Many countries have recognized the need to revive agricultural advisory or extension services (the terms are used interchangeably here) as a means of using agriculture as an engine of pro-poor growth; reaching marginalized, poor, and female farmers; and addressing new challenges, such as environmental degradation and climate change. In spite of ample experience with extension reform worldwide, identifying the reform options most likely to make extension more demand-driven remains a major challenge. The concept of demand-driven services implies making extension more responsive to the needs of all farmers, including women and those who are poor and marginalized. It also implies making extension more accountable to farmers and, as a consequence, more effective.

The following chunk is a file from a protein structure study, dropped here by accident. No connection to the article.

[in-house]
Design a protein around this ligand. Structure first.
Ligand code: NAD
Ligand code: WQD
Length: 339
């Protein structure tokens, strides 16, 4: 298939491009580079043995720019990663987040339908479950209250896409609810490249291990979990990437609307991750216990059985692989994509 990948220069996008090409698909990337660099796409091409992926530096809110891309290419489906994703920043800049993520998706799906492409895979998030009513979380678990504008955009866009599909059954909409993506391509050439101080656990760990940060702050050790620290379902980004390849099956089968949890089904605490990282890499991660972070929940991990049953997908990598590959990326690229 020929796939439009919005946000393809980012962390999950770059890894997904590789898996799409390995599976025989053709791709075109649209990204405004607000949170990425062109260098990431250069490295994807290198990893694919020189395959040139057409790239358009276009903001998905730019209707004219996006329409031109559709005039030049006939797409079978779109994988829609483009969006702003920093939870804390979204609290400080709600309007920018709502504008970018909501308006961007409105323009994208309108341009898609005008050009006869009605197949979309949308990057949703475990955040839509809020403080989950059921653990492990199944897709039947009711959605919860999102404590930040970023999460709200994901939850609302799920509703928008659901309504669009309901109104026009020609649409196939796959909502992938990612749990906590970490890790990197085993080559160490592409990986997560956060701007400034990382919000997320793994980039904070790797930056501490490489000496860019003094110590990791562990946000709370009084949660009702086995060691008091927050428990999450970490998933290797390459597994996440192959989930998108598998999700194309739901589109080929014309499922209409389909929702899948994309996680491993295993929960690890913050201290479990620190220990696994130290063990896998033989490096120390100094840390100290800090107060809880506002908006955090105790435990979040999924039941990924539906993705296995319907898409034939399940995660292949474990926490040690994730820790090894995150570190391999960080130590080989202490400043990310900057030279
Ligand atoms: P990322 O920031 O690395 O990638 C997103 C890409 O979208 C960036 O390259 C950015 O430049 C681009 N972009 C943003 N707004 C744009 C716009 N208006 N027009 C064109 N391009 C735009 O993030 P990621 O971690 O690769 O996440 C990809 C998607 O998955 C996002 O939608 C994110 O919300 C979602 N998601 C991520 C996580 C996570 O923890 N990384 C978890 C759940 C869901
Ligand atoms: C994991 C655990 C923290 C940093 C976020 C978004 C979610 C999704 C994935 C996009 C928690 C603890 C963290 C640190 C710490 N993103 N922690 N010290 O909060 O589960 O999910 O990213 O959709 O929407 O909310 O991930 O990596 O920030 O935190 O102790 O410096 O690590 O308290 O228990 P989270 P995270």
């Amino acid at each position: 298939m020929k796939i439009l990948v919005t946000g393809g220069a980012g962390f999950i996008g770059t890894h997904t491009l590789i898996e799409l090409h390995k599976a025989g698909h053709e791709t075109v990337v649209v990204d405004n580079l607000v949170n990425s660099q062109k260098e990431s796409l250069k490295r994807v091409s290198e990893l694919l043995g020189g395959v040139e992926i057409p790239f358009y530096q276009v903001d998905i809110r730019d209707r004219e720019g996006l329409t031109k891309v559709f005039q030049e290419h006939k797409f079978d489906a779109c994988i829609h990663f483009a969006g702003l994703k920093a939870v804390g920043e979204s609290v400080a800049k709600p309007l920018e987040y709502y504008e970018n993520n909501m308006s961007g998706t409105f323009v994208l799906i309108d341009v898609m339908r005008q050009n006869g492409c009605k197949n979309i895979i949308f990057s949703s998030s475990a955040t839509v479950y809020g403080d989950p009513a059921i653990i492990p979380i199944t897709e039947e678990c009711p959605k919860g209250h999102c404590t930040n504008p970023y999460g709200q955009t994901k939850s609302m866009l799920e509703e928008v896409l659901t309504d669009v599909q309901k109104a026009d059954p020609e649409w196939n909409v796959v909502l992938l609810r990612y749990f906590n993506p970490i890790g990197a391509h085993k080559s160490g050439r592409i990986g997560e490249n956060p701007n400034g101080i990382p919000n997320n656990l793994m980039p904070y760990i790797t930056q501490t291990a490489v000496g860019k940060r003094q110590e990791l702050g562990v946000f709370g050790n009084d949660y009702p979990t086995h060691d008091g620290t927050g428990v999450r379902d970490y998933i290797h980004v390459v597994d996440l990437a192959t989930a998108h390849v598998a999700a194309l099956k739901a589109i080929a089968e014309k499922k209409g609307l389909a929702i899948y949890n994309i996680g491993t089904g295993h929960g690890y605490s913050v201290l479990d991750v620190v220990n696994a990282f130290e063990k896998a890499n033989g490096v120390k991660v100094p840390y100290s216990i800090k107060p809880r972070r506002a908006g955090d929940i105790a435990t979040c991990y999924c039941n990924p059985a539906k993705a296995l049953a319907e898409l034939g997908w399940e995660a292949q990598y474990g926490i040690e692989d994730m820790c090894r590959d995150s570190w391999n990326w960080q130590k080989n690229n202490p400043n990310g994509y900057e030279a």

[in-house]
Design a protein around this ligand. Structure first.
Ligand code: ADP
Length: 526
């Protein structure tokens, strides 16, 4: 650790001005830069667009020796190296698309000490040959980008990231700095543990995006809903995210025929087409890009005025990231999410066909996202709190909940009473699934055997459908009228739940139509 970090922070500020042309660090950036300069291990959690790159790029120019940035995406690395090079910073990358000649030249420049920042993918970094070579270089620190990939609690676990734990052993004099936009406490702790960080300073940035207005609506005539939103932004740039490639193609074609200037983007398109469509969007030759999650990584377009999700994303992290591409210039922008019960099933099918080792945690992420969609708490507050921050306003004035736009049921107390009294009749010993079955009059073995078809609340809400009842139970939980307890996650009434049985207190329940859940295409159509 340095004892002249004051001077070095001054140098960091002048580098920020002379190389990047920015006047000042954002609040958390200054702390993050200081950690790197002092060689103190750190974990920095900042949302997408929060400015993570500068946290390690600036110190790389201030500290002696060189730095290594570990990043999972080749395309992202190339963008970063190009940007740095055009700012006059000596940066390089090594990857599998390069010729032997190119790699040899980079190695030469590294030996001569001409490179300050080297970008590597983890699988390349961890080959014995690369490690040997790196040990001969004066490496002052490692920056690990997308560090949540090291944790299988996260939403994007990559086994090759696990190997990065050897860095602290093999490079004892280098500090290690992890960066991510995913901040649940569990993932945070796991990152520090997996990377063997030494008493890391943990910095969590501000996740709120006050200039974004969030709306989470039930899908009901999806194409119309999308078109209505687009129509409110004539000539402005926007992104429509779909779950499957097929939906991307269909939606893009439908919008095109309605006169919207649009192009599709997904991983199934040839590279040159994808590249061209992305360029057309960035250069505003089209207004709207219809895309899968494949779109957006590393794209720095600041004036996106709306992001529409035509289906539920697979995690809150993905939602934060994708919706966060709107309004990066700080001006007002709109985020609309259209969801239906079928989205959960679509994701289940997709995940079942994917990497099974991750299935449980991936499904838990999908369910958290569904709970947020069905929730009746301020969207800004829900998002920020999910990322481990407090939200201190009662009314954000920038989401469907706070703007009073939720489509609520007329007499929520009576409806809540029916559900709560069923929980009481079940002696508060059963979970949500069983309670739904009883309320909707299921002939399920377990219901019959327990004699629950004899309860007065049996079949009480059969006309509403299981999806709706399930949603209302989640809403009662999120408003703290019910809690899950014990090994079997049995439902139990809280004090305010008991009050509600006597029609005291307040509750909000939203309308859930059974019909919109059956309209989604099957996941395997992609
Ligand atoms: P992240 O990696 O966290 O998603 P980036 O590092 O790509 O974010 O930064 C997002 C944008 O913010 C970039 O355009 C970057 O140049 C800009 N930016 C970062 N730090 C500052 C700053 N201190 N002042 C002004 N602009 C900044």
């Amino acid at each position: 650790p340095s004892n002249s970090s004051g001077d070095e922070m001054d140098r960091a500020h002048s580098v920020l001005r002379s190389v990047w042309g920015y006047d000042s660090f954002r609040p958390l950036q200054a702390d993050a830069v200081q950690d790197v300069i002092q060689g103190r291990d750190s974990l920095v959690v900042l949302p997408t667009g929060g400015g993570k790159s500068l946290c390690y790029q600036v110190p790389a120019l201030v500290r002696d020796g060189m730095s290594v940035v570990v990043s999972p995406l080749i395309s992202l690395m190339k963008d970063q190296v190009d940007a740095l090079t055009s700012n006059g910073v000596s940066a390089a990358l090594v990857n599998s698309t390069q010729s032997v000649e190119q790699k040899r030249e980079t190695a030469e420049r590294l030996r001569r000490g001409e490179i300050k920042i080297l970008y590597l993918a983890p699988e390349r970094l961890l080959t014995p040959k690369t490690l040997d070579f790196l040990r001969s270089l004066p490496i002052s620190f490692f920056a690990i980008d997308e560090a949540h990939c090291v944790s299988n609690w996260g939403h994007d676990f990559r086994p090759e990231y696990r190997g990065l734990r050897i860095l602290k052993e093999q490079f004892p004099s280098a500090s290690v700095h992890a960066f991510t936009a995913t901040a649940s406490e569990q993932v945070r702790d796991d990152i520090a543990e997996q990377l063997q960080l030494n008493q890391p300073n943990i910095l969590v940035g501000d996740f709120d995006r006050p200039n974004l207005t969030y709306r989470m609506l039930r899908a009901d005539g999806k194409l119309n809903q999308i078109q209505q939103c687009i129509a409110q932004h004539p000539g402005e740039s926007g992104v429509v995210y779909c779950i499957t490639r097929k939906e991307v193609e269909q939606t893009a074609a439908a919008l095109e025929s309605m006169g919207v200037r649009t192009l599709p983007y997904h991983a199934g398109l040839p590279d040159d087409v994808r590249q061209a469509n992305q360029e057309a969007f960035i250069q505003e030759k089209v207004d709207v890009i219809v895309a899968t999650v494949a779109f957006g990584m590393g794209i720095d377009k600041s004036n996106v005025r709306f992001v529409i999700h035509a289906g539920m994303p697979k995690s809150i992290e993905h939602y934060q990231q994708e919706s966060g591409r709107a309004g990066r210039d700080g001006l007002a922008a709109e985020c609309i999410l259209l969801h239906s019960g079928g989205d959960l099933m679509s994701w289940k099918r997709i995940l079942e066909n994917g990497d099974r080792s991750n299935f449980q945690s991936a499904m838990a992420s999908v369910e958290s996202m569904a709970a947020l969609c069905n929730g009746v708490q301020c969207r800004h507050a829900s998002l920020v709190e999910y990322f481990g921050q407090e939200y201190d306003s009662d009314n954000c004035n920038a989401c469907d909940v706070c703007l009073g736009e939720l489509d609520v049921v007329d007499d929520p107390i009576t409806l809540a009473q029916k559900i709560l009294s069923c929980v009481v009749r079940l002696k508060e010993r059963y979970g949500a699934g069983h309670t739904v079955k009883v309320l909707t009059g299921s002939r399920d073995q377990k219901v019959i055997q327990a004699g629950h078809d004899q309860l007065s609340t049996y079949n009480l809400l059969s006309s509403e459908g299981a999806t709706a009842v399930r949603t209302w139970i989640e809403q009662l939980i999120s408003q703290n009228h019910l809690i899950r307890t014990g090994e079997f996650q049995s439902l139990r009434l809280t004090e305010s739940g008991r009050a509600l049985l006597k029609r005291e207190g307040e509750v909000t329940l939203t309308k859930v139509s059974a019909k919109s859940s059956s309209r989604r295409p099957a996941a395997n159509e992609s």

This essay discusses various options for providing and financing agricultural advisory services, which involve the public and private sectors as well as a third sector comprising nongovernmental organizations and farmer-based organizations. We review the market and state failures, and the “community” failures (failures of non-governmental and farmer-based organizations) inherent in existing models of providing and financing agricultural extension services and then outline strategies to address those failures and make extension demand-driven. Then we examine India’s Policy Framework for Agricultural Extension, which has demand-driven extension as one of its major objectives, and review available survey information on the state of extension in India. We conclude that although the framework proposes a wide range of strategies to make agricultural extension demand-driven, it is less specific in addressing the challenges inherent in those strategies. Moreover, it remains unclear whether the strategies proposed in the framework will be able to address one of the major problems identified by farm household surveys: access to agricultural extension.